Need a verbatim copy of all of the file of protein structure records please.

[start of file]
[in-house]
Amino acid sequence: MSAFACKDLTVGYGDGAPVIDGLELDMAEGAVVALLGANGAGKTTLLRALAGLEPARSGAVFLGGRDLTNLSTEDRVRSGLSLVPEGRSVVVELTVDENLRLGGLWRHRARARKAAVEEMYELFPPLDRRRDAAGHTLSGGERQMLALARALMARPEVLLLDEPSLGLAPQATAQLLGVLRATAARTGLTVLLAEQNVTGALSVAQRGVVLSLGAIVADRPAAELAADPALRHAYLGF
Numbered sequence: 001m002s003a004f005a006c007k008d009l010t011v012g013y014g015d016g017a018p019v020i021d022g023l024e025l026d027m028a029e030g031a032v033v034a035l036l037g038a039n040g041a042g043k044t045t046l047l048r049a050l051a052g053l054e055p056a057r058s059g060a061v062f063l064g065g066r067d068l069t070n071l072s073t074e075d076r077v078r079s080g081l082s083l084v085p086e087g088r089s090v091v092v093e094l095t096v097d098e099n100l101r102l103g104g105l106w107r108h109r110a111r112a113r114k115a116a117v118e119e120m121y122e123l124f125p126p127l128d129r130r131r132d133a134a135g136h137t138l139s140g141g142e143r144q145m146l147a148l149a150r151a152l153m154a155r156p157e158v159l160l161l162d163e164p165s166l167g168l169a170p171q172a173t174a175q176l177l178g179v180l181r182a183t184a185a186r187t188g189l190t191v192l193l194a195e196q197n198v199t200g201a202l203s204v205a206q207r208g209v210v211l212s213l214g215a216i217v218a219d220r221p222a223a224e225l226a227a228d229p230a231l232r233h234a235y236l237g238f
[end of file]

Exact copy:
[in-house]
Amino acid sequence: MSAFACKDLTVGYGDGAPVIDGLELDMAEGAVVALLGANGAGKTTLLRALAGLEPARSGAVFLGGRDLTNLSTEDRVRSGLSLVPEGRSVVVELTVDENLRLGGLWRHRARARKAAVEEMYELFPPLDRRRDAAGHTLSGGERQMLALARALMARPEVLLLDEPSLGLAPQATAQLLGVLRATAARTGLTVLLAEQNVTGALSVAQRGVVLSLGAIVADRPAAELAADPALRHAYLGF
Numbered sequence: 001m002s003a004f005a006c007k008d009l010t011v012g013y014g015d016g017a018p019v020i021d022g023l024e025l026d027m028a029e030g031a032v033v034a035l036l037g038a039n040g041a042g043k044t045t046l047l048r049a050l051a052g053l054e055p056a057r058s059g060a061v062f063l064g065g066r067d068l069t070n071l072s073t074e075d076r077v078r079s080g081l082s083l084v085p086e087g088r089s090v091v092v093e094l095t096v097d098e099n100l101r102l103g104g105l106w107r108h109r110a111r112a113r114k115a116a117v118e119e120m121y122e123l124f125p126p127l128d129r130r131r132d133a134a135g136h137t138l139s140g141g142e143r144q145m146l147a148l149a150r151a152l153m154a155r156p157e158v159l160l161l162d163e164p165s166l167g168l169a170p171q172a173t174a175q176l177l178g179v180l181r182a183t184a185a186r187t188g189l190t191v192l193l194a195e196q197n198v199t200g201a202l203s204v205a206q207r208g209v210v211l212s213l214g215a216i217v218a219d220r221p222a223a224e225l226a227a228d229p230a231l232r233h234a235y236l237g238f